Sometimes dreams really do come true. However, the dream might be different than the one you had. It might seem like somebody else’s. Tim Rice is living a dream like that. A 63-year-old retired speech language pathologist and lifelong singer/songwriter, he and his wife Penelope, a still-employed nurse and teacher, own their own house in Maine. Together, they’ve raised two daughters, Leah, 26, and Haley, 21. He never stopped writing and is still recording and touring. He’ll hit the road for inspiration, sometimes traveling to Nashville, sometimes to Clarksdale, Miss., one of the birthplaces of rock ’n’ roll, and he’ll hang out with the old bluesmen. A one-time professional photographer, he still takes pictures everywhere. His photographs of the South, particularly the ruined Bryant’s Grocery where the martyred Emmett Till had his fateful encounter, are especially compelling.

I ran across Tim at the Northeast Regional Folk Alliance (NERFA) Conference in November 2015. I had wandered into Alan Rowoth’s Big Orange Tarp late-night guerrilla showcase room and felt a small earthquake when I heard Tim sing “Find Baby” in his killer baritone. I wrote about that experience in our December 2015 issue. It wasn’t until we spoke recently that I understood the depth of his experience and talent.


Tim Rice was born in 1953 and raised in South Portland, Maine, the youngest of three brothers. His father was a staunch Benny Goodman fan and the music poured from the record player and radio all through Tim’s childhood. His middle brother, Jeff, seven years older, was a founding member of Devonsquare (“Bye Bye Route 66”) which was formed in the family’s basement in South Portland. Jerry, nine years older, liked folk and his favorite was/is Gordon Lightfoot. Jeff was Tim’s main influence. Tim picked up a cast-aside ukulele at age 7 and began playing without instruction, seemingly by osmosis. He did the same with a tenor guitar, just the right size for an 8-year-old. Later on, at around 15, he was instructed in guitar by a local teacher, Dexter Huntoon, using the Berklee method. Tim quickly used the instruction to start writing his own songs. He became so facile about his talent that he used it to enlarge his recreational field. Huntoon viewed Tim as a guitar prodigy and pressured him to work harder. However, “Girls and partying were a problem,” he told me.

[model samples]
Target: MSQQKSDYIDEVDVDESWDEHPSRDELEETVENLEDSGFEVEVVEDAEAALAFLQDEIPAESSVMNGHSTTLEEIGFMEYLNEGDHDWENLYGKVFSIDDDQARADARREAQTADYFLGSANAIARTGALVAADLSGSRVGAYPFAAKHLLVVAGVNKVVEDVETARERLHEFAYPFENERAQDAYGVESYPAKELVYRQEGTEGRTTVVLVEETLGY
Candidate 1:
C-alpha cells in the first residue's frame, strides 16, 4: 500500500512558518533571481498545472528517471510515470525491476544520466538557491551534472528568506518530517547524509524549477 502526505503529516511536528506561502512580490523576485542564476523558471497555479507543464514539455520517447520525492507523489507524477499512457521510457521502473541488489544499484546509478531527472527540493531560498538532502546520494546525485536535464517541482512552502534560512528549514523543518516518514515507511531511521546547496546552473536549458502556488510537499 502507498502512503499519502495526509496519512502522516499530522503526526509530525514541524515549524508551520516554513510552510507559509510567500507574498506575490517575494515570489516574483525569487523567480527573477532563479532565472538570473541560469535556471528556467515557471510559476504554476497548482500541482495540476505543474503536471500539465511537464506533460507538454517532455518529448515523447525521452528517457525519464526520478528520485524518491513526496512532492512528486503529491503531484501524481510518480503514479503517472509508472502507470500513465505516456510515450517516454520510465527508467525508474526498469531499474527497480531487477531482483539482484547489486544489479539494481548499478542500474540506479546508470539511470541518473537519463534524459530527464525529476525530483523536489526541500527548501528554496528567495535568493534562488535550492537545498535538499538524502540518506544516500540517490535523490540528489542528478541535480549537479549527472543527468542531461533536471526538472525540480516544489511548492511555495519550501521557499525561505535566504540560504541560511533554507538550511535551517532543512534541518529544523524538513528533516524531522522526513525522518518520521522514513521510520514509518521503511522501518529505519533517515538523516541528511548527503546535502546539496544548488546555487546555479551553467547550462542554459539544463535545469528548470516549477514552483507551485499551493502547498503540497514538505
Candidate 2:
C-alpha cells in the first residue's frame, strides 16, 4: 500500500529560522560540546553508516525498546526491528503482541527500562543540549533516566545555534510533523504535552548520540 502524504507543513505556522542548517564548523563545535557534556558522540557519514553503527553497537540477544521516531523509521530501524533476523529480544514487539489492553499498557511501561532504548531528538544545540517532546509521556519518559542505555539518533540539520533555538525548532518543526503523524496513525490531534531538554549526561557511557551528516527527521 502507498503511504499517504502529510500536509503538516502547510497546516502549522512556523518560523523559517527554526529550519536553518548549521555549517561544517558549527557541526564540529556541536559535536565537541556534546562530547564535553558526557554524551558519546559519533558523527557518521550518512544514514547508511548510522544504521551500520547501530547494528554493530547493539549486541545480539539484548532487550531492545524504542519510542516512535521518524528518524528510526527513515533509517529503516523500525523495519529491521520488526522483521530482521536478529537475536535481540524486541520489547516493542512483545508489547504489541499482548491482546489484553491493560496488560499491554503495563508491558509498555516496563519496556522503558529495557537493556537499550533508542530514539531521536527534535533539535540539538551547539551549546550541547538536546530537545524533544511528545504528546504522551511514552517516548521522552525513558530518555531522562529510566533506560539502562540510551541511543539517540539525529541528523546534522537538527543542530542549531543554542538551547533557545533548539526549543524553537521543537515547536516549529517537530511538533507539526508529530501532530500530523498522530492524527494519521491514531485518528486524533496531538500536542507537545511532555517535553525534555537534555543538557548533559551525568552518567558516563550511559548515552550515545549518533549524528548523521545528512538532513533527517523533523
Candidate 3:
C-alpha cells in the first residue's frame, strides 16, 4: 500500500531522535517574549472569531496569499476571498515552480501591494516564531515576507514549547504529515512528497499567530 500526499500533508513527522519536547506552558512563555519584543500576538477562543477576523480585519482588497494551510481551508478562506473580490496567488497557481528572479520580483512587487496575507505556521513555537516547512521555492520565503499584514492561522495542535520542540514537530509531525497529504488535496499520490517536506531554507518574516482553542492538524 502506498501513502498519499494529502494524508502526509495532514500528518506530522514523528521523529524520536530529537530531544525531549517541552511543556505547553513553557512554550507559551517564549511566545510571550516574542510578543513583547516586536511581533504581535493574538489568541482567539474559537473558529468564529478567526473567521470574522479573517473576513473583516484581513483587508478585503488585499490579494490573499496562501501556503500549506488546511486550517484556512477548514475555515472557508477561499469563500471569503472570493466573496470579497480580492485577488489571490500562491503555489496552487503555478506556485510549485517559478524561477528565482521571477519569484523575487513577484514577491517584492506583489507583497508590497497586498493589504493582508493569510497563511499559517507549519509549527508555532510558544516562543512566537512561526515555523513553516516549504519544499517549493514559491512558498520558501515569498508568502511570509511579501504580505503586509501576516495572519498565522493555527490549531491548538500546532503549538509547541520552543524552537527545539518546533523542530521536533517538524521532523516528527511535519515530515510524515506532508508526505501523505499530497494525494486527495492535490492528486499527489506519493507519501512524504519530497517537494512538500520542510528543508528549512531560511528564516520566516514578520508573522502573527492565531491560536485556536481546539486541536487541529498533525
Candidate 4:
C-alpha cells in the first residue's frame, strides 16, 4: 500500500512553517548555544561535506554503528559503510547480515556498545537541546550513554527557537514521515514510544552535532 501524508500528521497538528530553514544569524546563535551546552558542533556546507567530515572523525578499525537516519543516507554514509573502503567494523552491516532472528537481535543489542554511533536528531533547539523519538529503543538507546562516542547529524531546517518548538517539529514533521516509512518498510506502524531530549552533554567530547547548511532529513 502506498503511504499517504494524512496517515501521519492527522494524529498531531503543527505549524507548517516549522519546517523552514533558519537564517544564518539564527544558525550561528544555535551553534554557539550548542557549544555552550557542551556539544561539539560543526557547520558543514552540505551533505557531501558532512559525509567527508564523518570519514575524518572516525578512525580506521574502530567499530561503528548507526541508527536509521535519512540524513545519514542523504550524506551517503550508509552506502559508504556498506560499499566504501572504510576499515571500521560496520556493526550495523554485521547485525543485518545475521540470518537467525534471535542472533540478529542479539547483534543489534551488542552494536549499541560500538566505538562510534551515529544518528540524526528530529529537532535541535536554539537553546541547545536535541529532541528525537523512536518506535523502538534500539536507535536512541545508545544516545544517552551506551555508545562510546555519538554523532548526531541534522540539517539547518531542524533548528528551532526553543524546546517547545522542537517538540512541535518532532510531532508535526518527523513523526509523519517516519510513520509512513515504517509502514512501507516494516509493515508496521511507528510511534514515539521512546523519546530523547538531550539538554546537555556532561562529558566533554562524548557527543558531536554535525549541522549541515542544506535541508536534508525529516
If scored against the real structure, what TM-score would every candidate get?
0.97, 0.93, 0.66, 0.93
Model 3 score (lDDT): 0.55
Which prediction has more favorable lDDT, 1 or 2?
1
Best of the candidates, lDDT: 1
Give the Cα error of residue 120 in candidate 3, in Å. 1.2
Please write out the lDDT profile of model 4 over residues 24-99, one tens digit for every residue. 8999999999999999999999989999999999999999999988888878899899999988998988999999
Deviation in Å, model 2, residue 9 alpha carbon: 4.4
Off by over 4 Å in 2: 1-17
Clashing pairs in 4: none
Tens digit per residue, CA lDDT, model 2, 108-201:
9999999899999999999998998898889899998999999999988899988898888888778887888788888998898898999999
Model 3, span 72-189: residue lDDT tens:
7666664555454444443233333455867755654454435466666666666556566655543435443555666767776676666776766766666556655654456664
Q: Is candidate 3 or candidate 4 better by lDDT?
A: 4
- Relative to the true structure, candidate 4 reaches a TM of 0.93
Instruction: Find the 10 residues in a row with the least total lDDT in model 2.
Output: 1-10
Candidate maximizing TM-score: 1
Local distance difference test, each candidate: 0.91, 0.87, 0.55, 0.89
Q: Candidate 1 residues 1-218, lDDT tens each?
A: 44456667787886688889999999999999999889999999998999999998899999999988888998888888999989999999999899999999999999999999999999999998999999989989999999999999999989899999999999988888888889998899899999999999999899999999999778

Devonsquare played in town at a place called Anthony’s, a steakhouse equipped with a great stage. The group would invite Tim onstage regularly to play. It was here that he got over his initial stage fright, becoming a precociously seasoned performer.

Tim’s father was a photochemical salesman and had a lot of graphics magazines and books lying around. Tim loved to look at the masterful photos they contained. He became an avid photographer as a youngster, after getting a Brownie camera for Christmas. This skill became invaluable later.

Disappointment, Then the Road

Tim attempted to go to the Berklee College of Music in Boston, but his parents were unable to foot the bill, so he left for Florida and began playing out all over the state. After a couple of years, he decided to return to Maine. He played his way up the East Coast. “That hunk of wood and steel strings opened a lot of doors,” he said.

The Music Business … Dream Breaker

Tim got back to Maine to find his brother Jeff, having left Devonsquare, back home and  not doing music. He’d tried his hand in L.A., but crashed and burned. Jeff wouldn’t pick up a guitar again for five years.

While back in Maine, Tim found a girlfriend, his future wife Penelope, and convinced her to accompany him to L.A., where he’d take his own shot at the music business. So confident in his talent, he told her, “In three years, I’ll be a star and we’ll move to Malibu.”

They moved to L.A., where Tim found studio work, writing and playing. He also hooked up with Yary Sports Photography, taking team photos and pictures at live sports events. “I used a 600mm lens on a monopod and tried not to get run over,” he recalled. He was able to earn a living while his music career developed. It actually took seven or eight years for Warner Records to make its offer. By then, however, Tim had seen the uglier side of the music business and turned it down.